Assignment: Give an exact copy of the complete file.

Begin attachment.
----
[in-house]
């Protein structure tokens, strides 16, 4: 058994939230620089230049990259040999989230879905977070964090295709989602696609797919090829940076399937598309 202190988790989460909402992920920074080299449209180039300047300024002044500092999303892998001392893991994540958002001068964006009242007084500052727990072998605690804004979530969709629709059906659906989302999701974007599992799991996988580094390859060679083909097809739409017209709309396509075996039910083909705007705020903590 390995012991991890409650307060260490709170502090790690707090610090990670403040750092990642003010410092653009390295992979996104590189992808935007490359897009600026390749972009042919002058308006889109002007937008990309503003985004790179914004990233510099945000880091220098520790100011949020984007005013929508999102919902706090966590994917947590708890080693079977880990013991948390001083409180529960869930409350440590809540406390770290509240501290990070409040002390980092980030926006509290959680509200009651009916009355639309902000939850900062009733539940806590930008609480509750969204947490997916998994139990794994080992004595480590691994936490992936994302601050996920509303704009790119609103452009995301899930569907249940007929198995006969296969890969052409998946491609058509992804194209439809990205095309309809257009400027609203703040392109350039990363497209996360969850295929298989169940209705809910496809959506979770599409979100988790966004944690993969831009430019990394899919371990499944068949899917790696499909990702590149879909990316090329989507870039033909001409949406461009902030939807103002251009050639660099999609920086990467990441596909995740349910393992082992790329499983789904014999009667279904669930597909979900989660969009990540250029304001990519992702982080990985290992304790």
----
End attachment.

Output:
[in-house]
């Protein structure tokens, strides 16, 4: 058994939230620089230049990259040999989230879905977070964090295709989602696609797919090829940076399937598309 202190988790989460909402992920920074080299449209180039300047300024002044500092999303892998001392893991994540958002001068964006009242007084500052727990072998605690804004979530969709629709059906659906989302999701974007599992799991996988580094390859060679083909097809739409017209709309396509075996039910083909705007705020903590 390995012991991890409650307060260490709170502090790690707090610090990670403040750092990642003010410092653009390295992979996104590189992808935007490359897009600026390749972009042919002058308006889109002007937008990309503003985004790179914004990233510099945000880091220098520790100011949020984007005013929508999102919902706090966590994917947590708890080693079977880990013991948390001083409180529960869930409350440590809540406390770290509240501290990070409040002390980092980030926006509290959680509200009651009916009355639309902000939850900062009733539940806590930008609480509750969204947490997916998994139990794994080992004595480590691994936490992936994302601050996920509303704009790119609103452009995301899930569907249940007929198995006969296969890969052409998946491609058509992804194209439809990205095309309809257009400027609203703040392109350039990363497209996360969850295929298989169940209705809910496809959506979770599409979100988790966004944690993969831009430019990394899919371990499944068949899917790696499909990702590149879909990316090329989507870039033909001409949406461009902030939807103002251009050639660099999609920086990467990441596909995740349910393992082992790329499983789904014999009667279904669930597909979900989660969009990540250029304001990519992702982080990985290992304790």